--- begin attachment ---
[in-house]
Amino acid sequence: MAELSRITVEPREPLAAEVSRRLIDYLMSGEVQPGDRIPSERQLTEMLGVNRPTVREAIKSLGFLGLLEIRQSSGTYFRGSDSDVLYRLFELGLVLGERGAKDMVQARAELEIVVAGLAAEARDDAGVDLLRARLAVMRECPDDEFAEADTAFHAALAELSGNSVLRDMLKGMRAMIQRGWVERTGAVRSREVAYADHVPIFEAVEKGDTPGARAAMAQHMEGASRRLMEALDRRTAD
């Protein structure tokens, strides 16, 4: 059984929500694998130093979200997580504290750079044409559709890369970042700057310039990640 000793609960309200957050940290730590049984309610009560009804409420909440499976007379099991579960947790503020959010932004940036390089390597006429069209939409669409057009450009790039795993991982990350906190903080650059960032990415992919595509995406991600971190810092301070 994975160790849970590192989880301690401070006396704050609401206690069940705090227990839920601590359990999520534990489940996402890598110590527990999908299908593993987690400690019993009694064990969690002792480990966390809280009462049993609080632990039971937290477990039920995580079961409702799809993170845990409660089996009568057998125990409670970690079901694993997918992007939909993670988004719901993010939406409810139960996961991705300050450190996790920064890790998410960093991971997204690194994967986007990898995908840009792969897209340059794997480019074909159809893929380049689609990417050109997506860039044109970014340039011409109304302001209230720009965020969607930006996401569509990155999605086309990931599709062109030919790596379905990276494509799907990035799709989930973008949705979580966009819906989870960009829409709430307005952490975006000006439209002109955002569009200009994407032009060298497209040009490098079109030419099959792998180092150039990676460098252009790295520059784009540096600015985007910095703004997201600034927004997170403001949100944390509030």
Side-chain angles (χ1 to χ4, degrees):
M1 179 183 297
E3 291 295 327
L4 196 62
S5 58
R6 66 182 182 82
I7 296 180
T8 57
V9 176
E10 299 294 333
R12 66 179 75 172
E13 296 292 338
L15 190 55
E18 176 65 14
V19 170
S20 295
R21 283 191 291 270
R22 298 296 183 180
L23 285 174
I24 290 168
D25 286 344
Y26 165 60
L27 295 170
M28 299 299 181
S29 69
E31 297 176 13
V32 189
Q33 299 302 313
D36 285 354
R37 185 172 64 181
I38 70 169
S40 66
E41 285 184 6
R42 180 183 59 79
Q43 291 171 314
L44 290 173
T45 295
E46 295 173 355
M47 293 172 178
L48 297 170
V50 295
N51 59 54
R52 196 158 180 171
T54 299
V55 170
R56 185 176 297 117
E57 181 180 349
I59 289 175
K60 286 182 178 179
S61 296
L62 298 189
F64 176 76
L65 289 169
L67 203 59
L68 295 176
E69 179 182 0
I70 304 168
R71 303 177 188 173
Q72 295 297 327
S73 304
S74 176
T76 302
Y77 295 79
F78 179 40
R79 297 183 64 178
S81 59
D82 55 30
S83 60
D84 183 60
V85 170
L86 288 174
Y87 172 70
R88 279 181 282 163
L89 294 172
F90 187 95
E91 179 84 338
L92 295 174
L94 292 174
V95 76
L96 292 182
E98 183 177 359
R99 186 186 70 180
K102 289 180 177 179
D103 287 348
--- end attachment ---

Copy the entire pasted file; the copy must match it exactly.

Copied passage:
[in-house]
Amino acid sequence: MAELSRITVEPREPLAAEVSRRLIDYLMSGEVQPGDRIPSERQLTEMLGVNRPTVREAIKSLGFLGLLEIRQSSGTYFRGSDSDVLYRLFELGLVLGERGAKDMVQARAELEIVVAGLAAEARDDAGVDLLRARLAVMRECPDDEFAEADTAFHAALAELSGNSVLRDMLKGMRAMIQRGWVERTGAVRSREVAYADHVPIFEAVEKGDTPGARAAMAQHMEGASRRLMEALDRRTAD
């Protein structure tokens, strides 16, 4: 059984929500694998130093979200997580504290750079044409559709890369970042700057310039990640 000793609960309200957050940290730590049984309610009560009804409420909440499976007379099991579960947790503020959010932004940036390089390597006429069209939409669409057009450009790039795993991982990350906190903080650059960032990415992919595509995406991600971190810092301070 994975160790849970590192989880301690401070006396704050609401206690069940705090227990839920601590359990999520534990489940996402890598110590527990999908299908593993987690400690019993009694064990969690002792480990966390809280009462049993609080632990039971937290477990039920995580079961409702799809993170845990409660089996009568057998125990409670970690079901694993997918992007939909993670988004719901993010939406409810139960996961991705300050450190996790920064890790998410960093991971997204690194994967986007990898995908840009792969897209340059794997480019074909159809893929380049689609990417050109997506860039044109970014340039011409109304302001209230720009965020969607930006996401569509990155999605086309990931599709062109030919790596379905990276494509799907990035799709989930973008949705979580966009819906989870960009829409709430307005952490975006000006439209002109955002569009200009994407032009060298497209040009490098079109030419099959792998180092150039990676460098252009790295520059784009540096600015985007910095703004997201600034927004997170403001949100944390509030």
Side-chain angles (χ1 to χ4, degrees):
M1 179 183 297
E3 291 295 327
L4 196 62
S5 58
R6 66 182 182 82
I7 296 180
T8 57
V9 176
E10 299 294 333
R12 66 179 75 172
E13 296 292 338
L15 190 55
E18 176 65 14
V19 170
S20 295
R21 283 191 291 270
R22 298 296 183 180
L23 285 174
I24 290 168
D25 286 344
Y26 165 60
L27 295 170
M28 299 299 181
S29 69
E31 297 176 13
V32 189
Q33 299 302 313
D36 285 354
R37 185 172 64 181
I38 70 169
S40 66
E41 285 184 6
R42 180 183 59 79
Q43 291 171 314
L44 290 173
T45 295
E46 295 173 355
M47 293 172 178
L48 297 170
V50 295
N51 59 54
R52 196 158 180 171
T54 299
V55 170
R56 185 176 297 117
E57 181 180 349
I59 289 175
K60 286 182 178 179
S61 296
L62 298 189
F64 176 76
L65 289 169
L67 203 59
L68 295 176
E69 179 182 0
I70 304 168
R71 303 177 188 173
Q72 295 297 327
S73 304
S74 176
T76 302
Y77 295 79
F78 179 40
R79 297 183 64 178
S81 59
D82 55 30
S83 60
D84 183 60
V85 170
L86 288 174
Y87 172 70
R88 279 181 282 163
L89 294 172
F90 187 95
E91 179 84 338
L92 295 174
L94 292 174
V95 76
L96 292 182
E98 183 177 359
R99 186 186 70 180
K102 289 180 177 179
D103 287 348